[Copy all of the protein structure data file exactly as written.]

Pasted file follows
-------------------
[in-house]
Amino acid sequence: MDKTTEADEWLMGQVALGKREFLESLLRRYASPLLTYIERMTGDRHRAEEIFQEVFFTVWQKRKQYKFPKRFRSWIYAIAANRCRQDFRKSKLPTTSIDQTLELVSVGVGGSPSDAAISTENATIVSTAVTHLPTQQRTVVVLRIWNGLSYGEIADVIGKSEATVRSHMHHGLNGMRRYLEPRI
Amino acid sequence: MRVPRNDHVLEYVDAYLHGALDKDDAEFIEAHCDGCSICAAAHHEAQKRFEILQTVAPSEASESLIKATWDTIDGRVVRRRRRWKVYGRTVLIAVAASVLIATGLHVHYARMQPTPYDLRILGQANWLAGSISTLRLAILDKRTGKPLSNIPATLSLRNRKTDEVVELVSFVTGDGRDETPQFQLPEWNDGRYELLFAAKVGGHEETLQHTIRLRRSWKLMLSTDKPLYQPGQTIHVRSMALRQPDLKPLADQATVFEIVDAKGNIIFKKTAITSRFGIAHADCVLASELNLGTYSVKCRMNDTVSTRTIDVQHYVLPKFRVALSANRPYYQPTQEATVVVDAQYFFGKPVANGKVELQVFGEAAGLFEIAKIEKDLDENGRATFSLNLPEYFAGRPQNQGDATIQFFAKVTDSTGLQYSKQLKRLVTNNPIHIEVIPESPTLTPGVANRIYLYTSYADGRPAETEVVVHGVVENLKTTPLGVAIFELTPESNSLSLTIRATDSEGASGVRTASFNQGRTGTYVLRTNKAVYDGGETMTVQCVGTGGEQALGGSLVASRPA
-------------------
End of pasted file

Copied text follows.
[in-house]
Amino acid sequence: MDKTTEADEWLMGQVALGKREFLESLLRRYASPLLTYIERMTGDRHRAEEIFQEVFFTVWQKRKQYKFPKRFRSWIYAIAANRCRQDFRKSKLPTTSIDQTLELVSVGVGGSPSDAAISTENATIVSTAVTHLPTQQRTVVVLRIWNGLSYGEIADVIGKSEATVRSHMHHGLNGMRRYLEPRI
Amino acid sequence: MRVPRNDHVLEYVDAYLHGALDKDDAEFIEAHCDGCSICAAAHHEAQKRFEILQTVAPSEASESLIKATWDTIDGRVVRRRRRWKVYGRTVLIAVAASVLIATGLHVHYARMQPTPYDLRILGQANWLAGSISTLRLAILDKRTGKPLSNIPATLSLRNRKTDEVVELVSFVTGDGRDETPQFQLPEWNDGRYELLFAAKVGGHEETLQHTIRLRRSWKLMLSTDKPLYQPGQTIHVRSMALRQPDLKPLADQATVFEIVDAKGNIIFKKTAITSRFGIAHADCVLASELNLGTYSVKCRMNDTVSTRTIDVQHYVLPKFRVALSANRPYYQPTQEATVVVDAQYFFGKPVANGKVELQVFGEAAGLFEIAKIEKDLDENGRATFSLNLPEYFAGRPQNQGDATIQFFAKVTDSTGLQYSKQLKRLVTNNPIHIEVIPESPTLTPGVANRIYLYTSYADGRPAETEVVVHGVVENLKTTPLGVAIFELTPESNSLSLTIRATDSEGASGVRTASFNQGRTGTYVLRTNKAVYDGGETMTVQCVGTGGEQALGGSLVASRPA